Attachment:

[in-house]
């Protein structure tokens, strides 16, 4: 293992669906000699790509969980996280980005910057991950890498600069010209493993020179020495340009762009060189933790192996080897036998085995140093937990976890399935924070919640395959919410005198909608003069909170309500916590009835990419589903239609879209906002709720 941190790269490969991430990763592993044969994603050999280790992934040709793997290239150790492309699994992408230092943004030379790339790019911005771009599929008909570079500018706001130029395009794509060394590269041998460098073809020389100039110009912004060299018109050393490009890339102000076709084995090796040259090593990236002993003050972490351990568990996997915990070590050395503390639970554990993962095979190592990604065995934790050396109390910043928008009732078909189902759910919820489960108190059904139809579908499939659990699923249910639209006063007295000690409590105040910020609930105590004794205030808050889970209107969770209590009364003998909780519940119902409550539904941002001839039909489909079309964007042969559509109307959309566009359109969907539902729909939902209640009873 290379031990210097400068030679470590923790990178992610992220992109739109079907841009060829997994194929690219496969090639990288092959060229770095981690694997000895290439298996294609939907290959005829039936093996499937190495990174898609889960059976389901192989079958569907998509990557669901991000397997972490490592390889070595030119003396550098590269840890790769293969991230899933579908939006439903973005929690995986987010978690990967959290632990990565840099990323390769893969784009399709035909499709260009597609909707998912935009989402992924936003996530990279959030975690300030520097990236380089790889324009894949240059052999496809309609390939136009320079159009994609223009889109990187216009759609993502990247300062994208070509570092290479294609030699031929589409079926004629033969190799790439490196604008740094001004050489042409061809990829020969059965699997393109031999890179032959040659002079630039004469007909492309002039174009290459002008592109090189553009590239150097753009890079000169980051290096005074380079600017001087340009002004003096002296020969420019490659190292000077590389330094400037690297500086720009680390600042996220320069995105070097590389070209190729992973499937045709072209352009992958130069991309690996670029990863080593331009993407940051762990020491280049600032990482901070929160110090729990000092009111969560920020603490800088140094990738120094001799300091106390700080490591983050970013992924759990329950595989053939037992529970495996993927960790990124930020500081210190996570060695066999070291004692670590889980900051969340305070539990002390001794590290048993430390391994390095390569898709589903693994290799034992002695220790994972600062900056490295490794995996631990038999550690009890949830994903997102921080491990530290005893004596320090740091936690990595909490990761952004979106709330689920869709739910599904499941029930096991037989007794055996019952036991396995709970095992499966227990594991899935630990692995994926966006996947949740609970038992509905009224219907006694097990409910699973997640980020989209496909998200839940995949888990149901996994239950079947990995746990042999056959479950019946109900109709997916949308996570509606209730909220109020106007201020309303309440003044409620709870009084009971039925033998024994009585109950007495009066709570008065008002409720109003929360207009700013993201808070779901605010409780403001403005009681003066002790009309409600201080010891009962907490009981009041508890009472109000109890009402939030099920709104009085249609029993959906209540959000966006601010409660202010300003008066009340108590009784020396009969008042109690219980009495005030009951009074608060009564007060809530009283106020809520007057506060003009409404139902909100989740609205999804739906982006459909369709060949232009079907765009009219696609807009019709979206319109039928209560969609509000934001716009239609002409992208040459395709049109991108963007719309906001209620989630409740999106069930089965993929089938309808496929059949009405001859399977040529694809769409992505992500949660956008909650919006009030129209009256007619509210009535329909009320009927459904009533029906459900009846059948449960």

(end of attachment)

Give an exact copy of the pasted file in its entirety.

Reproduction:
[in-house]
């Protein structure tokens, strides 16, 4: 293992669906000699790509969980996280980005910057991950890498600069010209493993020179020495340009762009060189933790192996080897036998085995140093937990976890399935924070919640395959919410005198909608003069909170309500916590009835990419589903239609879209906002709720 941190790269490969991430990763592993044969994603050999280790992934040709793997290239150790492309699994992408230092943004030379790339790019911005771009599929008909570079500018706001130029395009794509060394590269041998460098073809020389100039110009912004060299018109050393490009890339102000076709084995090796040259090593990236002993003050972490351990568990996997915990070590050395503390639970554990993962095979190592990604065995934790050396109390910043928008009732078909189902759910919820489960108190059904139809579908499939659990699923249910639209006063007295000690409590105040910020609930105590004794205030808050889970209107969770209590009364003998909780519940119902409550539904941002001839039909489909079309964007042969559509109307959309566009359109969907539902729909939902209640009873 290379031990210097400068030679470590923790990178992610992220992109739109079907841009060829997994194929690219496969090639990288092959060229770095981690694997000895290439298996294609939907290959005829039936093996499937190495990174898609889960059976389901192989079958569907998509990557669901991000397997972490490592390889070595030119003396550098590269840890790769293969991230899933579908939006439903973005929690995986987010978690990967959290632990990565840099990323390769893969784009399709035909499709260009597609909707998912935009989402992924936003996530990279959030975690300030520097990236380089790889324009894949240059052999496809309609390939136009320079159009994609223009889109990187216009759609993502990247300062994208070509570092290479294609030699031929589409079926004629033969190799790439490196604008740094001004050489042409061809990829020969059965699997393109031999890179032959040659002079630039004469007909492309002039174009290459002008592109090189553009590239150097753009890079000169980051290096005074380079600017001087340009002004003096002296020969420019490659190292000077590389330094400037690297500086720009680390600042996220320069995105070097590389070209190729992973499937045709072209352009992958130069991309690996670029990863080593331009993407940051762990020491280049600032990482901070929160110090729990000092009111969560920020603490800088140094990738120094001799300091106390700080490591983050970013992924759990329950595989053939037992529970495996993927960790990124930020500081210190996570060695066999070291004692670590889980900051969340305070539990002390001794590290048993430390391994390095390569898709589903693994290799034992002695220790994972600062900056490295490794995996631990038999550690009890949830994903997102921080491990530290005893004596320090740091936690990595909490990761952004979106709330689920869709739910599904499941029930096991037989007794055996019952036991396995709970095992499966227990594991899935630990692995994926966006996947949740609970038992509905009224219907006694097990409910699973997640980020989209496909998200839940995949888990149901996994239950079947990995746990042999056959479950019946109900109709997916949308996570509606209730909220109020106007201020309303309440003044409620709870009084009971039925033998024994009585109950007495009066709570008065008002409720109003929360207009700013993201808070779901605010409780403001403005009681003066002790009309409600201080010891009962907490009981009041508890009472109000109890009402939030099920709104009085249609029993959906209540959000966006601010409660202010300003008066009340108590009784020396009969008042109690219980009495005030009951009074608060009564007060809530009283106020809520007057506060003009409404139902909100989740609205999804739906982006459909369709060949232009079907765009009219696609807009019709979206319109039928209560969609509000934001716009239609002409992208040459395709049109991108963007719309906001209620989630409740999106069930089965993929089938309808496929059949009405001859399977040529694809769409992505992500949660956008909650919006009030129209009256007619509210009535329909009320009927459904009533029906459900009846059948449960």